(The author is a Reuters contributor. The opinions expressed are his own.)
June 10, (Reuters) - Drugmakers have become fond of one another.
The value of mergers in the industry was 20.9 percent higher in the first quarter than the fourth, reaching $44.9 billion, according to a PricewaterhouseCoopers report that predicts continued robust activity.
The wheeling and dealing has helped lure investors, judging by the double-digit percentage gains this year in many drug stocks, but it has stirred caution in fund managers with heavy exposure to the industry. With high stock prices and some takeover bids viewed as less prudent than others, don't get sidetracked by the prospect of further mergers, money managers say. Instead, they continue to focus on the basics: valuations, growth prospects and income.
A takeover bid that caused much consternation didn't even go through after AstraZeneca PLC said "no thanks" to Pfizer Inc. in April. The episode caused Eric Sappenfield, co-manager of the John Hancock Global Shareholder Yield Fund , to turn cautious on Pfizer, although he still owns some.
"The bid for AstraZeneca was a 180-degree turn," says Sappenfield, whose fund is a top performer over three and five years among world equity funds, according to Lipper, a unit of Thomson Reuters. "You have to trust management. The jury is out on what management is trying to do at Pfizer. The bid caught people by surprise."
Pfizer is the largest holding in T. Rowe Price Institutional Global Value Equity Fund, which ranks in the top quintile in returns over the last year among world equity funds, according to Lipper.
"They're very well managed, they're great at generating cash from their existing franchise, and they're skilled at deals," despite the failed attempt to woo AstraZeneca, says the fund's manager Sebastien Mallet. He likes Pfizer's valuation of 13 times estimated 2014 earnings and 3.5 percent dividend yield.
Three of the other top 10 holdings in the T. Rowe Price fund are large drugmakers, too. Overall, healthcare represents 16 percent of the portfolio. (The fund has a total expense ratio of 0.75 percent.)
"After strong growth in the 1990s, the drug industry "became complacent, with unfocused (research & development) and very little to show in their pipelines," Mallet recalls. "The stocks were cheap and controversial, so I bought a lot of them." In recent years, he contends, drug companies have become more efficient businesses, and their research efforts are improving.
One of his holdings, Novartis AG of Switzerland, swapped some of its assets in April for others belonging to GlaxoSmithKline PLC. Mallet expects the move, sort of a merger-lite, to allow the companies to play to their strengths - cancer treatments in Novartis's case.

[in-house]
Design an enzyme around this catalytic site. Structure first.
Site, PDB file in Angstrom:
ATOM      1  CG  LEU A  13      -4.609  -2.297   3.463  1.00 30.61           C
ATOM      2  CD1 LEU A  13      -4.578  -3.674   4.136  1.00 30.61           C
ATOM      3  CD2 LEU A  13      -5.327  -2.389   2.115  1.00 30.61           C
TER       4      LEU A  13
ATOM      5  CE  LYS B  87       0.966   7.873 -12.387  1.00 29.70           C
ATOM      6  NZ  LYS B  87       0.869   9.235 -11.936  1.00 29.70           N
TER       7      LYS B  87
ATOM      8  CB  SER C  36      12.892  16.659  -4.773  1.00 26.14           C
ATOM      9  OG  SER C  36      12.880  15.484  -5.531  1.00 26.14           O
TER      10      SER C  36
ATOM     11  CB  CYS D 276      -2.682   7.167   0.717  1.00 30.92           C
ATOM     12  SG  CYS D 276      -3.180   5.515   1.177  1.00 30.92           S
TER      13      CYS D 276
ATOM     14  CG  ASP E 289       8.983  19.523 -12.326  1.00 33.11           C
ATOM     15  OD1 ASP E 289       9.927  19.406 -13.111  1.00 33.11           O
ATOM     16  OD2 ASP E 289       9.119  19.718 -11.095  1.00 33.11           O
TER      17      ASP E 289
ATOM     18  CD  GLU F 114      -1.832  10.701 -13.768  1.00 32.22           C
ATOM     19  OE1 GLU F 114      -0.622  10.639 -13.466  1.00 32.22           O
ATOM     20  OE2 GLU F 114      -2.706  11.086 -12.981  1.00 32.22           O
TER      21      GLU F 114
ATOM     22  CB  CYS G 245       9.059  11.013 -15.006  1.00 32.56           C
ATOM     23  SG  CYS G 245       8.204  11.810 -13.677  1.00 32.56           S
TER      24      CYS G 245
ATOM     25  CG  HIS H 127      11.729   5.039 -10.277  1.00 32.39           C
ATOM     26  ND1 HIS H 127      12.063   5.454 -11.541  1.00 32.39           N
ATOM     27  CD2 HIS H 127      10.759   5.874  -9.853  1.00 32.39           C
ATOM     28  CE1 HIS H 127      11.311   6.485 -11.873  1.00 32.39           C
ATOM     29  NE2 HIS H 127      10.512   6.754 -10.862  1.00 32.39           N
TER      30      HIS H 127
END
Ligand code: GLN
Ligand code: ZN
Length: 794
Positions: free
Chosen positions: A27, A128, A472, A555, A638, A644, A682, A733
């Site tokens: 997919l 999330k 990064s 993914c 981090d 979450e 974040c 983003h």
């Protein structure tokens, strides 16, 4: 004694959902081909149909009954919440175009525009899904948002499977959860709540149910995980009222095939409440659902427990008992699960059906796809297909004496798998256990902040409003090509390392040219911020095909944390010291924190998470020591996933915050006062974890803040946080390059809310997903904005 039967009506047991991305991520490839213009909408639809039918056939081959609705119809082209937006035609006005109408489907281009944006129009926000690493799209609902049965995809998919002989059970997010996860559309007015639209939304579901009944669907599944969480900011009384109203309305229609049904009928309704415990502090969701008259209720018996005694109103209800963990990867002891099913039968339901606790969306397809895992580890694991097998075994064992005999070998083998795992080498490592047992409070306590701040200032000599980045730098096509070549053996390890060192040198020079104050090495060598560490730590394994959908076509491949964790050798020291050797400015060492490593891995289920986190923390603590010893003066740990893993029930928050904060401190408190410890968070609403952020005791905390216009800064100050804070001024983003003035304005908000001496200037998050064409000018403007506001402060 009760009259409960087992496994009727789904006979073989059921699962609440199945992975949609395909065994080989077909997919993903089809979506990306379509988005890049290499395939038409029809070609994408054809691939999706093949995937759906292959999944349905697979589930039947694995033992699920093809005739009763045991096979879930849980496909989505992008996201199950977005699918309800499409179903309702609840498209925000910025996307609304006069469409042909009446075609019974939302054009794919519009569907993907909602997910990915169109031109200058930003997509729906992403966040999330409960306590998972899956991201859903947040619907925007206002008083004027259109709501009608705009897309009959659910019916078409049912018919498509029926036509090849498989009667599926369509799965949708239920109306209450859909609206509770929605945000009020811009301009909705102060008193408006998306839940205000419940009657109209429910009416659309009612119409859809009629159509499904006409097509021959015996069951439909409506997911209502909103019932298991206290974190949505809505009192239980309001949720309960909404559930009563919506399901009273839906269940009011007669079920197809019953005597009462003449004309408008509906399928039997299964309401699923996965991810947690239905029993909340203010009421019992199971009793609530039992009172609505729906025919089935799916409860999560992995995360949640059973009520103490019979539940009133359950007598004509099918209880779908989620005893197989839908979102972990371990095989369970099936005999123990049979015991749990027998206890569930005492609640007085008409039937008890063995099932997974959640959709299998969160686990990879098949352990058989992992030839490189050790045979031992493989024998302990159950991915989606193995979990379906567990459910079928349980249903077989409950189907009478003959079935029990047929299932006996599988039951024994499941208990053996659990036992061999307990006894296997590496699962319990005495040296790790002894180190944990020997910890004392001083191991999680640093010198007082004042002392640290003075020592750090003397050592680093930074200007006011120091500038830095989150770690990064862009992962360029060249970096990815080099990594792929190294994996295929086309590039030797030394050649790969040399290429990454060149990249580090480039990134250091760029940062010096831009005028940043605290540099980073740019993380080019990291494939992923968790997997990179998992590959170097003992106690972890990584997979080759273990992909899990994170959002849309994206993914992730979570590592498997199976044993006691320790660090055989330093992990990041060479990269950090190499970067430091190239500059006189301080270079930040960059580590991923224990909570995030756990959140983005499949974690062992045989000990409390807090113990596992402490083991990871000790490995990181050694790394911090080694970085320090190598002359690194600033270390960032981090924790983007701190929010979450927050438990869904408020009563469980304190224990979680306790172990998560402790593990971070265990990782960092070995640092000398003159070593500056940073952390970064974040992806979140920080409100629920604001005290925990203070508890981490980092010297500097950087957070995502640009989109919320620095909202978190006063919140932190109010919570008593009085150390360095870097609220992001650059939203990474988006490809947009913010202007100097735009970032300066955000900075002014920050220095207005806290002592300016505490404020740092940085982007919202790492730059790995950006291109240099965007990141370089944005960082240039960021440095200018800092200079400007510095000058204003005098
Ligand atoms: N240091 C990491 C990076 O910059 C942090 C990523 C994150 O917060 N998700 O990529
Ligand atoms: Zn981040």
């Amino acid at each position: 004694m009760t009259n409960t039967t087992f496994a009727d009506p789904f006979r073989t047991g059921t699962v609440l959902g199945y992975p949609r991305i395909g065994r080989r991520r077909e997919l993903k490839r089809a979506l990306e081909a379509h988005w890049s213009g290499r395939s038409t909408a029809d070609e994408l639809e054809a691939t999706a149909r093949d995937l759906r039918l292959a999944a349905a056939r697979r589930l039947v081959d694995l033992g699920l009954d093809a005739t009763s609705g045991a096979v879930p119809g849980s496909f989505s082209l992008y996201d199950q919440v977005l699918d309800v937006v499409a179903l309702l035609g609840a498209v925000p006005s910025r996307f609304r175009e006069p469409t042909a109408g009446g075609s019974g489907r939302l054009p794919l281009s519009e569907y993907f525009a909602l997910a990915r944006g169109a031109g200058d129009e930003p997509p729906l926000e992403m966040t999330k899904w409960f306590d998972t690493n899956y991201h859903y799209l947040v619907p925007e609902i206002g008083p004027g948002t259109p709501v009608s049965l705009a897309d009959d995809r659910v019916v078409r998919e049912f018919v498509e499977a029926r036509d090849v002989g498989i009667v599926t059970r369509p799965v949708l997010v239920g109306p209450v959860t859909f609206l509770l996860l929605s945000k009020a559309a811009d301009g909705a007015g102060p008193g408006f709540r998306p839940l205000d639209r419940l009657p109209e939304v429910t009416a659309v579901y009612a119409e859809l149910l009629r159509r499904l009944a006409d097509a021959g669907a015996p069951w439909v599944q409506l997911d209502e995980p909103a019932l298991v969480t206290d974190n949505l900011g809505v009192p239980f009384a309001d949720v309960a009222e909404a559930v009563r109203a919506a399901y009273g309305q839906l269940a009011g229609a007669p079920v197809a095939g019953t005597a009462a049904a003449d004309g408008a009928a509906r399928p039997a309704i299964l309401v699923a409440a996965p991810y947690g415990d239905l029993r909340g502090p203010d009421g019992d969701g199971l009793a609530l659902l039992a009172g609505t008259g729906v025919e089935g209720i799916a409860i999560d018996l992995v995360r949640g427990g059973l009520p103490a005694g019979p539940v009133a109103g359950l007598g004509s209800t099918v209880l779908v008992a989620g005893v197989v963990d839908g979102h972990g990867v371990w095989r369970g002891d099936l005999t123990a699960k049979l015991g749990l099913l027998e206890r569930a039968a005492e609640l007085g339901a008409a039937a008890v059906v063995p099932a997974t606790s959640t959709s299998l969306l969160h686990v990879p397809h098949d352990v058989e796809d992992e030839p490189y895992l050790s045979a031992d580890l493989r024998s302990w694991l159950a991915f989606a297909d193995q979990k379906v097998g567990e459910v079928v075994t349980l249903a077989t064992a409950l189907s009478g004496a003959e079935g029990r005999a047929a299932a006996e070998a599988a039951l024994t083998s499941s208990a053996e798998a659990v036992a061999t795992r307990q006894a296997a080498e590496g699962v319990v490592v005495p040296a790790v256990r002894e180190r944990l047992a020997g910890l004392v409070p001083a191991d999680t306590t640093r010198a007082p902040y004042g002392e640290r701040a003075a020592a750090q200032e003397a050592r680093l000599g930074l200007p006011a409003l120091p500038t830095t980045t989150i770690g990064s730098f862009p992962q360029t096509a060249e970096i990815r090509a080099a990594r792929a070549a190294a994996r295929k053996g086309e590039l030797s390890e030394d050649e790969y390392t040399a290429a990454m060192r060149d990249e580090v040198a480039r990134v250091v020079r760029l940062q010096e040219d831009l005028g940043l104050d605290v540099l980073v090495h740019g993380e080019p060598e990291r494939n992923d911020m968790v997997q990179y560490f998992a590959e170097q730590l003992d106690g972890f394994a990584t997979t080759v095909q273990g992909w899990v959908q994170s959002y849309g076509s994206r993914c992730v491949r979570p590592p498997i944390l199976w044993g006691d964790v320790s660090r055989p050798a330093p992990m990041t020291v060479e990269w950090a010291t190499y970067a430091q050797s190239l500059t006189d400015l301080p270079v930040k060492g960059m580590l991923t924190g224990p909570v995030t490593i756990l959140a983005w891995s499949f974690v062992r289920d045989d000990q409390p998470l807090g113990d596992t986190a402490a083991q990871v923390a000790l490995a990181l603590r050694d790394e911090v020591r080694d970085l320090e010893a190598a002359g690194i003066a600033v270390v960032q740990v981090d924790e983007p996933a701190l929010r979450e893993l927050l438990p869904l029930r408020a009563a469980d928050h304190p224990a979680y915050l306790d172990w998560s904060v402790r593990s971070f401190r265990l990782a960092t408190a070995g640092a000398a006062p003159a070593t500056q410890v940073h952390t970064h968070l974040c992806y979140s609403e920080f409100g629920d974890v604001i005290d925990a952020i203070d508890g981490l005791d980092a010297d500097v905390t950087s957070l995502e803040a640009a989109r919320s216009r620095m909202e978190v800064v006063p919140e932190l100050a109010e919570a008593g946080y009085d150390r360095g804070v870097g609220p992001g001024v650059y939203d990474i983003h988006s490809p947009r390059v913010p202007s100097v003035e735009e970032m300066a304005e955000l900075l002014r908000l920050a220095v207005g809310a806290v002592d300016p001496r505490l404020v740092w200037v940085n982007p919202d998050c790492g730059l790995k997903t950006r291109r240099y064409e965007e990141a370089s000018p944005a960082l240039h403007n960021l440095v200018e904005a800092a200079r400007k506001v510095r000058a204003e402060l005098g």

A big draw of another holding, Teva Pharmaceutical Industries Ltd., is its cheap valuation of 11 times estimated 2014 earnings. Concerns about the imminent expiration of patents on its leading drug, Copaxone, a multiple sclerosis treatment, are "overblown" because the Israeli company is developing easier, less expensive, less painful methods of administering Copaxone that he expects to limit the appeal of generic versions.
Mallet describes another portfolio constituent, Johnson & Johnson, as "a sleepy company with fantastic assets that became more focused and started to have a better pipeline on the pharma side." At about 16 times estimated 2014 earnings, its valuation is in line with the broad market, but "it's a very high-quality company, solid as a rock," he says.
Sappenfield is less interested in value than growth, which he considers vital to a company's ability to pay and increase its dividend. He has a modest stake in Johnson & Johnson, which he admires for having "an abnormally high growth rate for the kind of battleship company they are."
Sappenfield prefers other drug stocks, though, including Novartis, Glaxo and two others in Europe, Sanofi SA of France and its Swiss counterpart Roche Holding AG. He favors them not just for their ability to grow but to do it reliably.
"Pharma companies generate a reasonably predictable stream of profits," Sappenfield says. "You want to see that consistency. That's why we're in the big guys. They're marketing machines with sustainable pipelines."
His fund has about a 9 percent stake in healthcare stocks - less than average - but he rates drug stocks highly while shunning other segments of the healthcare group, such as medical equipment providers and hospital operators. The John Hancock fund has a total expense ratio of 1.34 percent, according to Lipper.
Sappenfield isn't too worried about paying the right price for stocks, but he hates to pay the wrong price. He sold Bristol-Myers Squibb Co because it got too expensive, he says. "Expectations for some of their drugs were so outrageous that everything had to be perfect for Bristol-Myers to work."
Mallet expresses some valuation concerns of his own. Although his exposure to drugmakers remains high, it has come down slightly as price-earnings multiples have increased, and he expects to cut back further if the trend continues. But he still finds far more working for them than against them.
"They have refocused their business models and cut costs," he says. "The stocks are less cheap, but they still have good cash-flow generation and dividend payments."
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